[ntp:questions] Odd (mis)behavior when reference clock fails

Kevin Oberman oberman at es.net
Tue Sep 23 15:26:47 UTC 2008


> From: Martin Burnicki <martin.burnicki at meinberg.de>
> Date: Tue, 23 Sep 2008 09:34:06 +0200
> Sender: questions-bounces+oberman=es.net at lists.ntp.org
> 
> 
> Unruh wrote:
> > hundoj at comcast.net (Rob Neal) writes:
> > 
> >>On Tue, 16 Sep 2008, Kevin Oberman wrote:
> > 
> >>> We have a fairly large "mesh" of NTP servers spread across the
> >>> US. Almost all have PPS reference clocks and are quite
> >>> accurate. Recently one of the reference clocks located across the county
> >>> seems to have failed. Such is life.
> >>>
> >>> The problem is that the system's time started drifting and eventually
> >>> became far enough out of sync with the mesh to be marked as a bad
> >>> ticker.
> >>>
> >>> The only way I could get the clock to slew or step the time was to edit
> >>> the configuration and comment out the reference clock and PPS. It looks
> >>> like the system will only use the time from a reference clock when and
> >>> if the clock is configured, even if it can't be read.
> >>>
> >>> Is there any way to "fix" this?
> > 
> >> What is it that you consider broken? Please clarify.
> >> I've re-read this several times, and don't see the problem.
> >> A reference clock broke. It was disregarded because it chimed
> >> badly.
> >> You expected something different?
> > 
> > A hardware clock broke. The computer which was using that hardware clock
> > insisted on using that hardware clock even though it gave no time. It
> > acted as a server, and eventually its time drifted so badly everyone else
> > saw it as a bad chimer.
> > It seems to have had other server lines in the /etc/ntp.conf, but ignored
> > them in favour of a non-working refclock.
> > 
> > That is how I interpret what he said, but I may be wrong as well.
> 
> This is also how I understand this. 
> 
> Maybe the problem occurred because either the refclock did not report its
> failure state correctly, or ntpd's refclock driver did not pass the fail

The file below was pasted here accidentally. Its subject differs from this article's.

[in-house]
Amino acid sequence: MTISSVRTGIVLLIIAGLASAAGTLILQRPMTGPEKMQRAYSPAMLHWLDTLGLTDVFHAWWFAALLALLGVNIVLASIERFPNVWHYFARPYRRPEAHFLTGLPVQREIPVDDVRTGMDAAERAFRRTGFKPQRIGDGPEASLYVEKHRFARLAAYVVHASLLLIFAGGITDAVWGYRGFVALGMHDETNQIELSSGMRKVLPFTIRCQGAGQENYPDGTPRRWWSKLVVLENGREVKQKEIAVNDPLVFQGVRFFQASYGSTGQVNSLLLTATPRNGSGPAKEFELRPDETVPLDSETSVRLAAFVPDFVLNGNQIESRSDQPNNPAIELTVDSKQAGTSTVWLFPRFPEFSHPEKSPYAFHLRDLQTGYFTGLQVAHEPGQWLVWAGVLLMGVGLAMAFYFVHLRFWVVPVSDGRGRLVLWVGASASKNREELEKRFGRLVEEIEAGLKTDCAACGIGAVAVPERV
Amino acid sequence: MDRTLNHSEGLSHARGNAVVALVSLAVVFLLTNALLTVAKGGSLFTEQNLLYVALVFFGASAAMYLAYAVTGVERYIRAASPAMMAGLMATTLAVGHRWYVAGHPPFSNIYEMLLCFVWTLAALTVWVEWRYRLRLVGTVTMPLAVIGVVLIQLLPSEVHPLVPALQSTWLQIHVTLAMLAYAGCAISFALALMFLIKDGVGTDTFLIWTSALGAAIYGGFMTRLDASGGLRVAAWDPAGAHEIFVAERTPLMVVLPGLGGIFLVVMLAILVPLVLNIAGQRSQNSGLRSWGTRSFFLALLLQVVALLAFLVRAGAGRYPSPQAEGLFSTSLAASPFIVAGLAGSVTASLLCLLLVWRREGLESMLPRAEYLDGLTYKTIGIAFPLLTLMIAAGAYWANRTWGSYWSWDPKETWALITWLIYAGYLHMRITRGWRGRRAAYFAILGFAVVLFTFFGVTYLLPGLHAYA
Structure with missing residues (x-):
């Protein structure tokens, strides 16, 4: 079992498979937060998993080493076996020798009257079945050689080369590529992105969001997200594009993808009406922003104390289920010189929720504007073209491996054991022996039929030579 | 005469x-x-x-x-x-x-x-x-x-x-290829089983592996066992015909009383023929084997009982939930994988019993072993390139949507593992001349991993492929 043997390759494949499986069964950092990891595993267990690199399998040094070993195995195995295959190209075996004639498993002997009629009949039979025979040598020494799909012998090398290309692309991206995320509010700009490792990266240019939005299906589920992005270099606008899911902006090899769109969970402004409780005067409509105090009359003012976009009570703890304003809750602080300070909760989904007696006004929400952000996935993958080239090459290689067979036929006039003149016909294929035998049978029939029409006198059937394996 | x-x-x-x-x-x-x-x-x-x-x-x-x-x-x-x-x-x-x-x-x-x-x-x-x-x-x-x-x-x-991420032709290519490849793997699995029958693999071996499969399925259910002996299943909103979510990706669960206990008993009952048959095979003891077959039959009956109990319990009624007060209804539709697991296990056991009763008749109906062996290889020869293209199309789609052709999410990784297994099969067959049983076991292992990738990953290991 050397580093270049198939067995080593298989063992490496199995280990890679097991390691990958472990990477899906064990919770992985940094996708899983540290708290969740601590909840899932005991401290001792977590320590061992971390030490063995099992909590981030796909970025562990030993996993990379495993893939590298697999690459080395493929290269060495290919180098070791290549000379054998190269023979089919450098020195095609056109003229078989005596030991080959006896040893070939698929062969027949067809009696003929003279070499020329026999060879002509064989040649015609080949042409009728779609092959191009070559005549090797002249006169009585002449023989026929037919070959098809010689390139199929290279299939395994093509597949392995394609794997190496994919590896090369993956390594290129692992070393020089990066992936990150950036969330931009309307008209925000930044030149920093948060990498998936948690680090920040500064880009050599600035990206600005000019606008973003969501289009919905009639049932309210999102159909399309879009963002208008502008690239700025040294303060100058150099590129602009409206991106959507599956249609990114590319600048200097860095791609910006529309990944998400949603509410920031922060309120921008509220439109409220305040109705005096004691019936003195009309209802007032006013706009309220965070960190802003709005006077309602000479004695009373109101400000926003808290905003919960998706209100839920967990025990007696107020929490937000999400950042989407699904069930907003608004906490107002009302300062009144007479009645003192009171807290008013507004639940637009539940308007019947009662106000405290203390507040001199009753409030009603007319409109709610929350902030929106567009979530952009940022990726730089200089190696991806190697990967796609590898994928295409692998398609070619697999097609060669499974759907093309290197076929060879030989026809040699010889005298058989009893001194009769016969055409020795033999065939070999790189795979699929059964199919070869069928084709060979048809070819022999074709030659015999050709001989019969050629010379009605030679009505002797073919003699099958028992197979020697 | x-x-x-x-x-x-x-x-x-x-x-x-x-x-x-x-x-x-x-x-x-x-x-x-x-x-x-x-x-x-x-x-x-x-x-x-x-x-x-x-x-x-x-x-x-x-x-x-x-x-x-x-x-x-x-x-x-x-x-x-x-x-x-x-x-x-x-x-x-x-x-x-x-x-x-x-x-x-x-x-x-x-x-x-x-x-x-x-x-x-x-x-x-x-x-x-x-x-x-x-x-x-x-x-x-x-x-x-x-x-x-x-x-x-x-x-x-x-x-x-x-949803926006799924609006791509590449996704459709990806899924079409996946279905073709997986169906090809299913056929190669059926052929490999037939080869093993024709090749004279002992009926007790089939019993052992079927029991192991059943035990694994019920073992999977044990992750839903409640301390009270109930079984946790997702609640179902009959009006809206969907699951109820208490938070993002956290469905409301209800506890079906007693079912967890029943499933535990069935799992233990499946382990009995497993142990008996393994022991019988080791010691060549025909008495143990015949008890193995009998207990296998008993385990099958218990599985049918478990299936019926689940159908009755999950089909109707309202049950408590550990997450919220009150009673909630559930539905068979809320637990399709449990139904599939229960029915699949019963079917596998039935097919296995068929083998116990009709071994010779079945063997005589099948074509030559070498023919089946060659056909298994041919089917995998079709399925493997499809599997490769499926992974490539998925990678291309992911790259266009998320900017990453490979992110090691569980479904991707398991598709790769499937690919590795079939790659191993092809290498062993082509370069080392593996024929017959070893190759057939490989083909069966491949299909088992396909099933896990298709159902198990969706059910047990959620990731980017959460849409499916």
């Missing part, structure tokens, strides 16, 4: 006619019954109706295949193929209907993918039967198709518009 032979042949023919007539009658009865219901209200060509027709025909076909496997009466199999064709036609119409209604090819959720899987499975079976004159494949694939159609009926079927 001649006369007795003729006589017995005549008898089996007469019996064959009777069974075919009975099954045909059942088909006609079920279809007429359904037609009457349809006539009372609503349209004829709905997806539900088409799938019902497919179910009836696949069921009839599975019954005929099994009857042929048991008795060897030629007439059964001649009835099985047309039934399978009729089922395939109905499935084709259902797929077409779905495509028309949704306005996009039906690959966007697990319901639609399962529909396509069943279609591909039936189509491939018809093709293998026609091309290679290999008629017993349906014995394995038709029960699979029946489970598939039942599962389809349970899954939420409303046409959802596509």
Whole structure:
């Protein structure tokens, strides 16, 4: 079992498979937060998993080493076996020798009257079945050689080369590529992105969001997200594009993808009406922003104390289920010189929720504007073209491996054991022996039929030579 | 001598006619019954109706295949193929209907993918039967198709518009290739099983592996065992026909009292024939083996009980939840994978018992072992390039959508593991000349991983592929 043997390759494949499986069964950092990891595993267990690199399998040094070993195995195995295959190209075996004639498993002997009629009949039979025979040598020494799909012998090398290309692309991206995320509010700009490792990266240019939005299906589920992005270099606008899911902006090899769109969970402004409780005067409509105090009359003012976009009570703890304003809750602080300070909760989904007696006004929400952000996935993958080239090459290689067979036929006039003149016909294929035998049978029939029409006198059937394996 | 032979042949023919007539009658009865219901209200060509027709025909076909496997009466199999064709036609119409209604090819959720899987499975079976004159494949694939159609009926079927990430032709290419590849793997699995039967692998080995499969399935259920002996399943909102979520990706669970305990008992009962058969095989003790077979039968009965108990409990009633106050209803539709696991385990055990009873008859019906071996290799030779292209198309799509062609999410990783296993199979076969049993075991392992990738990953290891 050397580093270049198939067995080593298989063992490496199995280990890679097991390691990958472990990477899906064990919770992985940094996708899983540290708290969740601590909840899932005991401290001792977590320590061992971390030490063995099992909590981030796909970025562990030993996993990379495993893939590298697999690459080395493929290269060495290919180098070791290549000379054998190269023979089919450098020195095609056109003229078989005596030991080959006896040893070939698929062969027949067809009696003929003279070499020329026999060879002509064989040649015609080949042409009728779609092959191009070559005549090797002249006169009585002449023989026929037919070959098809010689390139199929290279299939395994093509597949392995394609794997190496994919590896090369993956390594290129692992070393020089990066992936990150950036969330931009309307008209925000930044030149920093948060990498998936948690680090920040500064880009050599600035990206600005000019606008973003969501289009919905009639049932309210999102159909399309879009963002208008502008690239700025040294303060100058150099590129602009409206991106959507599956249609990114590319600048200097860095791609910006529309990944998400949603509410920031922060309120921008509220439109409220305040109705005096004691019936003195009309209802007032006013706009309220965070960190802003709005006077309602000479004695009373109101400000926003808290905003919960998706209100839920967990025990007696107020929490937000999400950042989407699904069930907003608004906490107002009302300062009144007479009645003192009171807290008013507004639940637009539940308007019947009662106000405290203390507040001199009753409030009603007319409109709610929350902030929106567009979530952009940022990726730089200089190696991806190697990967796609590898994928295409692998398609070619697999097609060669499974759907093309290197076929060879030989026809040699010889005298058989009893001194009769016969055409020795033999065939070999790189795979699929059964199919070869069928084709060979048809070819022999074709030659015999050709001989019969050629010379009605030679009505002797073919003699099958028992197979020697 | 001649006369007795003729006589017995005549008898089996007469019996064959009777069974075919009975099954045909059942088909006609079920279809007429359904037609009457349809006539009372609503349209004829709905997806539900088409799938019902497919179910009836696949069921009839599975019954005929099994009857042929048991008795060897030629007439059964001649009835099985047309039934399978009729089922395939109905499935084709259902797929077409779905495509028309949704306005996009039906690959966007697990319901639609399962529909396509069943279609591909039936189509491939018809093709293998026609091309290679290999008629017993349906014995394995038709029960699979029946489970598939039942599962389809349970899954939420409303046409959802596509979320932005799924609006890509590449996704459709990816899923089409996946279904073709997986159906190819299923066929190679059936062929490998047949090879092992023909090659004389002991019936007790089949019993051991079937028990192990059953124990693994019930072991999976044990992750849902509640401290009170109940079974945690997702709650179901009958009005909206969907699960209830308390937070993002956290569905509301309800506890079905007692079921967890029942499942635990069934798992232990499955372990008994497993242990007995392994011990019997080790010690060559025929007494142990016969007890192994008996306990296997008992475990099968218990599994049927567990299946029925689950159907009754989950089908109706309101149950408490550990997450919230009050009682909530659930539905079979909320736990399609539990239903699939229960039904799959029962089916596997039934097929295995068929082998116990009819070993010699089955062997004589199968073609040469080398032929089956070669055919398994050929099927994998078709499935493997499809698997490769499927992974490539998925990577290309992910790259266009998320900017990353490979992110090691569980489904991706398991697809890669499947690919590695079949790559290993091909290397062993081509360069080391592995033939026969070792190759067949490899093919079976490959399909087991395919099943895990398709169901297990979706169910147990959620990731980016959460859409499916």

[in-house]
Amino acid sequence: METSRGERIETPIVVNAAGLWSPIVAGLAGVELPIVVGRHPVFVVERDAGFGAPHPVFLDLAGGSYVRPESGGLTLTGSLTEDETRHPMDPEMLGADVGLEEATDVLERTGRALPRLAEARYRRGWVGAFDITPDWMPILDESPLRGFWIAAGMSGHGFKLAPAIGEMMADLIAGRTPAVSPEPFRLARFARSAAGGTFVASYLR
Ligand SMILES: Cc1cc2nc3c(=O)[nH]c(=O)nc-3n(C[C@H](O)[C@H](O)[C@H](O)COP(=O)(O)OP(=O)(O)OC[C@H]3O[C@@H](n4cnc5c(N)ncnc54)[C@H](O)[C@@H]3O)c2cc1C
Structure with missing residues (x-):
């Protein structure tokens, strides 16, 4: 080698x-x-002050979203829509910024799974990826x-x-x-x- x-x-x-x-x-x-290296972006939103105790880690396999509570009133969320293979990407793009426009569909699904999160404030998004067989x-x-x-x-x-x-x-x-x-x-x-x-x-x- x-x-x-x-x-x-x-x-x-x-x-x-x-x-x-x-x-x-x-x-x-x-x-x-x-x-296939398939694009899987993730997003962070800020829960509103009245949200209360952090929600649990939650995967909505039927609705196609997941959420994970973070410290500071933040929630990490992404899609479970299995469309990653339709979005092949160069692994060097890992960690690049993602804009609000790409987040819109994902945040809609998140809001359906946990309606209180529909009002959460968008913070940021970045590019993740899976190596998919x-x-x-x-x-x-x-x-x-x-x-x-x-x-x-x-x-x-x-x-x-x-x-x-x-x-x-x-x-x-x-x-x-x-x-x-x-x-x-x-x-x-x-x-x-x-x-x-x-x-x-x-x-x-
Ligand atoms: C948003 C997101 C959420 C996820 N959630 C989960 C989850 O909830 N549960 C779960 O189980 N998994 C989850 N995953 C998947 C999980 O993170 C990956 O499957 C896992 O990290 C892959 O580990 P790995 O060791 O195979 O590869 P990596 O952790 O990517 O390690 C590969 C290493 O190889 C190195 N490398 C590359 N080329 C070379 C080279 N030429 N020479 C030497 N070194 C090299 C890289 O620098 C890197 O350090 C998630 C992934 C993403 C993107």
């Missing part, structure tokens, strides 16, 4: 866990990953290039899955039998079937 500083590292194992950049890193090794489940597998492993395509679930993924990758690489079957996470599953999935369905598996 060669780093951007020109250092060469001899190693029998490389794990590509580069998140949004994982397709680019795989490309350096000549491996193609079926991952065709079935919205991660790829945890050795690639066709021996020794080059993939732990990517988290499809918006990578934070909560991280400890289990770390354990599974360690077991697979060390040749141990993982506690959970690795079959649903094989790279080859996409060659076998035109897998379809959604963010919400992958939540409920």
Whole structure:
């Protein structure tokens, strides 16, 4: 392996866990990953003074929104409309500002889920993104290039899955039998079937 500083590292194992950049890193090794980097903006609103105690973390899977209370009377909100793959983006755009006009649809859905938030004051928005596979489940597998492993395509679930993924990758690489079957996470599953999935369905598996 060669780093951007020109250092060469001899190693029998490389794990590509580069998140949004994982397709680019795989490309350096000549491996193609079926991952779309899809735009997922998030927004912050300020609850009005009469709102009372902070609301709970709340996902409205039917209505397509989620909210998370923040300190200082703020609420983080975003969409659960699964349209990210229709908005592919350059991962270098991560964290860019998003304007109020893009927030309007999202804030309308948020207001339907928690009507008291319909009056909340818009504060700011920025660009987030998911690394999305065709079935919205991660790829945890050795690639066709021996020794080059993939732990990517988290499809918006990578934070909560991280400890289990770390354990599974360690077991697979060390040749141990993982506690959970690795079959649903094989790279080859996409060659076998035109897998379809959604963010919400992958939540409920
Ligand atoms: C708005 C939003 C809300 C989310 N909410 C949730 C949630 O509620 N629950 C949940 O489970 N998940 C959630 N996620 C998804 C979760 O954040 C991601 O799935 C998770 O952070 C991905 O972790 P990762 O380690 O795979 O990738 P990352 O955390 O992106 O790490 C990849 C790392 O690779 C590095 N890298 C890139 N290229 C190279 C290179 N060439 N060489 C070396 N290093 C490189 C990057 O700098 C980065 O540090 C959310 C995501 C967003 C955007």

> state on to the NTP kernel, so the refclock was not discarded after it
> failed.
> 
> It would be helpful to know the exact NTP version, and which hardware clock
> and refclock driver was used.

Martin,

It's 4.2.4p4 running on FreeBSD 7.0. The reference clock is a EndRun
Tech CDMA clock using the TrueTime driver. When the system was running,
ntpq claimed no successful polls of the reference clock or the PPS. It
was getting good responses from other systems, but not syncing to
them. The offset started small after the clock failed, about .003, and
steadily grew to over 5 ms. The reference clock always showed a zero
reachability, delay and offset and .001 jitter.

Here is my configuration:
server 127.127.5.1 prefer minpoll 4 maxpoll 4
fudge 127.127.5.1 refid CDMA
fudge 127.127.5.1 time1 .011
server 127.127.22.1 minpoll 4 maxpoll 4
fudge 127.127.22.1 flag3 1
peer time1-owamp.es.net iburst key 2
peer time2-owamp.es.net iburst key 2
peer time3-owamp.es.net iburst key 2
peer time4-owamp.es.net iburst key 2
peer time5-owamp.es.net iburst key 2
peer time6-owamp.es.net iburst key 2
peer time7-owamp.es.net iburst key 2
peer time8-owamp.es.net iburst key 2
peer time9-owamp.es.net iburst key 2
peer time10-owamp.es.net iburst key 2
peer time11-owamp.es.net iburst key 2
peer time12-owamp.es.net iburst key 2

All peers are identical systems with CDMA clocks. All are firewalled so
that they are not publicly visible.

Here is the ntpq -p output after restoring the reference clock to the
config and letting it run for a few minutes. Drift is already
significant!
# ntpq -p
     remote           refid      st t when poll reach   delay   offset  jitter
==============================================================================
 TRUETIME(1)     .CDMA.           0 l    -   16    0    0.000    0.000   0.001
 PPS(1)          .PPS.            0 l    -   16    0    0.000    0.000   0.001
-time1-owamp.es. .PPS.            1 u   17   64  177    2.058  -10.335   0.038
*time2-owamp.es. .PPS.            1 u   49   64  177   24.556  -10.408   0.020
-time3-owamp.es. .PPS.            1 u   63   64  176   55.640  -10.337   0.049
+time4-owamp.es. .PPS.            1 u   59   64  176   20.770  -10.405   0.058
+time5-owamp.es. .PPS.            1 u   45   64  177   23.907  -10.406   0.014
-time6-owamp.es. .PPS.            1 u   46   64  177   14.790  -10.340   0.062
-time7-owamp.es. .PPS.            1 u   50   64   73   25.160  -10.381   0.022
-time8-owamp.es. .PPS.            1 u   27   64  177   27.378  -10.388   0.054
-time9-owamp.es. .PPS.            1 u   43   64  177   75.571  -10.118   0.067
+time10-owamp.es .PPS.            1 u   47   64  177   24.068  -10.401   0.048
-time11-owamp.es .PPS.            1 u   35   64  177   74.542  -10.314   0.035
-time12-owamp.es .PPS.            1 u   49   64  176    7.224  -10.361   0.036
-- 
R. Kevin Oberman, Network Engineer
Energy Sciences Network (ESnet)
Ernest O. Lawrence Berkeley National Laboratory (Berkeley Lab)
E-mail: oberman at es.net			Phone: +1 510 486-8634
Key fingerprint:059B 2DDF 031C 9BA3 14A4  EADA 927D EBB3 987B 3751



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